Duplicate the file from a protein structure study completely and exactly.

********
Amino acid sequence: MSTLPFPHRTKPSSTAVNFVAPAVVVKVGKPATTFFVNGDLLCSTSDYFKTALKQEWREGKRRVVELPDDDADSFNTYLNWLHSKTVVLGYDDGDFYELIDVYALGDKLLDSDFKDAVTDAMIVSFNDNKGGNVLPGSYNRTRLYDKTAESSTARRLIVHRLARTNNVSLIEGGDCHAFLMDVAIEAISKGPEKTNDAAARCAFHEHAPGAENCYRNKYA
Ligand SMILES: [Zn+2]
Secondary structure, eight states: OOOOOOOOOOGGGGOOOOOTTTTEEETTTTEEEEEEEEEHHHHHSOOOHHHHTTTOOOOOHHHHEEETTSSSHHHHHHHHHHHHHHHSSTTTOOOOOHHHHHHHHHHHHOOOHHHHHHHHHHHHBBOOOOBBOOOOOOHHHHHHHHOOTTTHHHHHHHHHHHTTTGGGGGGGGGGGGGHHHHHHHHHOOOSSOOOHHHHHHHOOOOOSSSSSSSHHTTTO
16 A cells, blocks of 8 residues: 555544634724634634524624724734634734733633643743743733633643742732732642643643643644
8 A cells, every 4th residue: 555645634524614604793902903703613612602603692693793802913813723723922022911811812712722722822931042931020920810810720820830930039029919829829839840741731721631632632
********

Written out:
Amino acid sequence: MSTLPFPHRTKPSSTAVNFVAPAVVVKVGKPATTFFVNGDLLCSTSDYFKTALKQEWREGKRRVVELPDDDADSFNTYLNWLHSKTVVLGYDDGDFYELIDVYALGDKLLDSDFKDAVTDAMIVSFNDNKGGNVLPGSYNRTRLYDKTAESSTARRLIVHRLARTNNVSLIEGGDCHAFLMDVAIEAISKGPEKTNDAAARCAFHEHAPGAENCYRNKYA
Ligand SMILES: [Zn+2]
Secondary structure, eight states: OOOOOOOOOOGGGGOOOOOTTTTEEETTTTEEEEEEEEEHHHHHSOOOHHHHTTTOOOOOHHHHEEETTSSSHHHHHHHHHHHHHHHSSTTTOOOOOHHHHHHHHHHHHOOOHHHHHHHHHHHHBBOOOOBBOOOOOOHHHHHHHHOOTTTHHHHHHHHHHHTTTGGGGGGGGGGGGGHHHHHHHHHOOOSSOOOHHHHHHHOOOOOSSSSSSSHHTTTO
16 A cells, blocks of 8 residues: 555544634724634634524624724734634734733633643743743733633643742732732642643643643644
8 A cells, every 4th residue: 555645634524614604793902903703613612602603692693793802913813723723922022911811812712722722822931042931020920810810720820830930039029919829829839840741731721631632632